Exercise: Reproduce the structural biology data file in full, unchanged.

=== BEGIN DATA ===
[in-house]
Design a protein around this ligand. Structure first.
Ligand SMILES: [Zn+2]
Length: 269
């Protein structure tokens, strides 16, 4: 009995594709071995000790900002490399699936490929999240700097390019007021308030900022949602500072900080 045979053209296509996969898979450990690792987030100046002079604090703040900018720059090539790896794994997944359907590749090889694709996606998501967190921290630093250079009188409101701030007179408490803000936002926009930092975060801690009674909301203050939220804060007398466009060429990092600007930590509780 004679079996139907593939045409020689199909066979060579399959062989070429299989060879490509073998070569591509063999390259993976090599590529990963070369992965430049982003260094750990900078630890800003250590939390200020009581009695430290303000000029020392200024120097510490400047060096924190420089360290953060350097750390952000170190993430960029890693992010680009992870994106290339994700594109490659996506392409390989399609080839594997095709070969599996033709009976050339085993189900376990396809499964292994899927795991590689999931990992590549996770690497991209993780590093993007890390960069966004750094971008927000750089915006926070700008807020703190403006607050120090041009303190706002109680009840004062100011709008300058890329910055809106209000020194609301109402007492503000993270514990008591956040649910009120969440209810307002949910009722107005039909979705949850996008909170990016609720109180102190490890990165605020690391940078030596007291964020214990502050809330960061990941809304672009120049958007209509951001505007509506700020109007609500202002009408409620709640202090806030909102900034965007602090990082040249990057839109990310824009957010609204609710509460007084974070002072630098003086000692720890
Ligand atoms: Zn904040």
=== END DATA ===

[in-house]
Design a protein around this ligand. Structure first.
Ligand SMILES: [Zn+2]
Length: 269
């Protein structure tokens, strides 16, 4: 009995594709071995000790900002490399699936490929999240700097390019007021308030900022949602500072900080 045979053209296509996969898979450990690792987030100046002079604090703040900018720059090539790896794994997944359907590749090889694709996606998501967190921290630093250079009188409101701030007179408490803000936002926009930092975060801690009674909301203050939220804060007398466009060429990092600007930590509780 004679079996139907593939045409020689199909066979060579399959062989070429299989060879490509073998070569591509063999390259993976090599590529990963070369992965430049982003260094750990900078630890800003250590939390200020009581009695430290303000000029020392200024120097510490400047060096924190420089360290953060350097750390952000170190993430960029890693992010680009992870994106290339994700594109490659996506392409390989399609080839594997095709070969599996033709009976050339085993189900376990396809499964292994899927795991590689999931990992590549996770690497991209993780590093993007890390960069966004750094971008927000750089915006926070700008807020703190403006607050120090041009303190706002109680009840004062100011709008300058890329910055809106209000020194609301109402007492503000993270514990008591956040649910009120969440209810307002949910009722107005039909979705949850996008909170990016609720109180102190490890990165605020690391940078030596007291964020214990502050809330960061990941809304672009120049958007209509951001505007509506700020109007609500202002009408409620709640202090806030909102900034965007602090990082040249990057839109990310824009957010609204609710509460007084974070002072630098003086000692720890
Ligand atoms: Zn904040």